MGT 598: Why it’s worth waking up for class on Saturday mornings…

Besides the fact that MGT 598 is one of the last classes that stands between most of us and our diploma, a recent study from consulting firm Project Management Solutions has concluded that companies gain a variety of benefits by investing in instructor-led classroom training on project management.

The survey results report that “project management training initiatives improved eight aspects of business and project performance by an average of 26 percent.” Categories that were cited include: stakeholder satisfaction, scheduling, decrease in project failures, keeping projects on budget, gathering requirements, quality, productivity, and time to market. While the results are somewhat subjective, the percentage is high enough where I think we can all agree the improvement was significant.

The findings indicate the type of training invested in also makes a difference in the results. According to the study, 69% of respondents rated instructor-led classroom training as the most effective method. I guess we’ve come to the right place!

Personally, I know that I have already benefitted from many of the in-class and blog discussions our group has had. One that is top of mind this week relates to the category called out above related to “decrease in project failures.” It seems that one of the best avenues to accomplishing this objective is employing risk management techniques. While risk management seems like an obvious topic to consider, truthfully, I have never worked on a team where this topic was formally discussed in the planning stages of the project. It hasn’t been until something begins to go wrong where this concept has been addressed.

By addressing the topic of risk management in our own class projects, it is already easy to see the benefits of risk management can be significant. Including a risk analysis in the early planning stages of the project can help the team think through potential challenges and proactively try to avoid some of the potential obstacles. It is certainly a practice I will continue to employ as I manage projects in the future.

What has been the most worthwhile learning for you so far in MGT 598?


The Importance of Communication Skills in Project Managers

The Project Management Institute published an article earlier this year discussing the importance of assessing people skills in project managers. “The best project leaders don’t just manage projects. They manage people too.” Because many project teams are cross-functional in nature, the project manager must be able to communicate with and motivate people from a broad range of backgrounds and experience levels. The article states that “ninety percent of a project manager’s time is spent communicating with stakeholders.” The article goes on to explain that when choosing a project manager organizations should look for individuals who can:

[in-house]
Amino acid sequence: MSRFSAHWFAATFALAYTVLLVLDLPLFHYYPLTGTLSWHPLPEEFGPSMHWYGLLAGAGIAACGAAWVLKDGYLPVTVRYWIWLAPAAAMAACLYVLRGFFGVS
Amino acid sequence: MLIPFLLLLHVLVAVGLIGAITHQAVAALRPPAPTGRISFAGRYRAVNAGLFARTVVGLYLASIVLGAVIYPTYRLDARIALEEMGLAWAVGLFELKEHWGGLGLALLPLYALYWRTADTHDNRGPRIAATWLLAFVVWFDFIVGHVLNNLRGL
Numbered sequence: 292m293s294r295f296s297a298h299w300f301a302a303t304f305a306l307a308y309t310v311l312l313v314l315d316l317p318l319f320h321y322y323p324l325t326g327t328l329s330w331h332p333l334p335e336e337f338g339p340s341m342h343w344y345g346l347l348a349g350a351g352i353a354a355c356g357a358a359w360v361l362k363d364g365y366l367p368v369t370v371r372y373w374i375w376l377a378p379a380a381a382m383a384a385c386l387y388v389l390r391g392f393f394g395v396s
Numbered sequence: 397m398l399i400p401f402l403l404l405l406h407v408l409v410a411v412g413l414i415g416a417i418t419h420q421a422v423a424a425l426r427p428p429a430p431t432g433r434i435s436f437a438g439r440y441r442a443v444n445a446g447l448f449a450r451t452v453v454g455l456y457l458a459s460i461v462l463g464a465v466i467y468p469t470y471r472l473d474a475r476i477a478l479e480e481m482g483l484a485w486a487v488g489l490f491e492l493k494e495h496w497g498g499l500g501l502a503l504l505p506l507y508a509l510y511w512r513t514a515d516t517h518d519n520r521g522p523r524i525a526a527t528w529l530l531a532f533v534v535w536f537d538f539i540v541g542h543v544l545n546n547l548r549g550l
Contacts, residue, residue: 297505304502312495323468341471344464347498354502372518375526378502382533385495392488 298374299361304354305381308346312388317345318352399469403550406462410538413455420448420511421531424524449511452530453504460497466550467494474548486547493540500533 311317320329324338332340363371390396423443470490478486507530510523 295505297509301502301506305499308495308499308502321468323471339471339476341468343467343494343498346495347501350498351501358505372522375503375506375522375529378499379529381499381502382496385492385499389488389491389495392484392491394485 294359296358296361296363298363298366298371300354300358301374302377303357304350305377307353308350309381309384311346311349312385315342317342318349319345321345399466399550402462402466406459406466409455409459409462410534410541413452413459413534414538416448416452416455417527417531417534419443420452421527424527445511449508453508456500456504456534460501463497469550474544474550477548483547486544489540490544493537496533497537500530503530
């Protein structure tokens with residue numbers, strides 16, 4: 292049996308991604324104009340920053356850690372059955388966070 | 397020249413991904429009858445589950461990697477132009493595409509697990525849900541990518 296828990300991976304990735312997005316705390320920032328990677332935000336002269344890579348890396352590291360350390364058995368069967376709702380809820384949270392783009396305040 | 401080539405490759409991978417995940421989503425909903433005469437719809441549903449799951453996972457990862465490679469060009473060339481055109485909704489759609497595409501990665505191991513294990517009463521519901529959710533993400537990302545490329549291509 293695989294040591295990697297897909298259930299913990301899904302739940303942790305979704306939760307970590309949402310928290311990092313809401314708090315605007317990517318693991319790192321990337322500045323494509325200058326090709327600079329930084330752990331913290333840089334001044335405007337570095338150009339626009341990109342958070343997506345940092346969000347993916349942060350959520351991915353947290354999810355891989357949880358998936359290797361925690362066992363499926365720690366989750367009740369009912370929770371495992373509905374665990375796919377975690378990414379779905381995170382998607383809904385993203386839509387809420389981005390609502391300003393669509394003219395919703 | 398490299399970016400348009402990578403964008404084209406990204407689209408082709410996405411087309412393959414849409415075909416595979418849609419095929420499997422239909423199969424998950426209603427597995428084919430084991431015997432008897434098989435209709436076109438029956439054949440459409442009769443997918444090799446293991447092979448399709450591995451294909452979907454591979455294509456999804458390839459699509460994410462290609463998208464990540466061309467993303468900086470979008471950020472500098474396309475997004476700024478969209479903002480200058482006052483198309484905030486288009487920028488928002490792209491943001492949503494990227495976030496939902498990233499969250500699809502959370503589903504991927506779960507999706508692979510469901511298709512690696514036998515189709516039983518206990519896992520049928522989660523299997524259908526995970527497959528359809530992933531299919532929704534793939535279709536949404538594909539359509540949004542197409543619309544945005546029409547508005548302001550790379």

1. Communicate project goals cross functionally and with all levels of the organization.
  2. Unite project stakeholders through collaboration and teamwork.
  3. Gain project buy-in with active listening and relationship-building.

Last week I had a first-hand opportunity to see a project manager demonstrate these skills. I participated in a three day kick-off meeting as part of the team who will be implementing organizational design changes that are happening in our business unit. This project is very complex and the results will impact employees at all levels of the organization. Although the project manager for this team is new to the business, it quickly became clear that she had significant experience in project management. Some of the activities she initiated to make this project kick-off a success were:

  • The agenda, goals, and expectations for the kick-off meeting were clearly communicated to the team in advance of the meeting. Team members knew exactly what information they were expected to prepare for the discussion.
  • Time was allocated according to priorities and while minor modifications to the agenda were made as the meeting unfolded, the project manager made sure the meeting stayed on track.
  • Each member on the team had a role in the meeting and was expected to provide input and gain understanding on what other team members were contributing. Ground rules were set in advance to minimize outside distractions.
  • Time for relationship-building was scheduled at the beginning of the meeting and during the team dinner.
  • At the end of the meeting the project manager reviewed all action items, along with the agreed upon due date and individuals responsible for follow-up.
  • A roundtable discussion was held at the end of the meeting for people to provide input on what worked well and what they still had concerns about. Each team member was required to comment, ensuring everyone’s voice was heard.

After leaving the meeting I felt like the next steps in the project and the expectations for my role were very clear. I also felt comfortable with and respected by the others on the team, even though this was the first time I had met many of them. Most importantly, I felt like we had set up a good foundation for which to build success. These positive outcomes were primarily due to the communication among the team which was facilitated so well by the project manager.

PMI Article: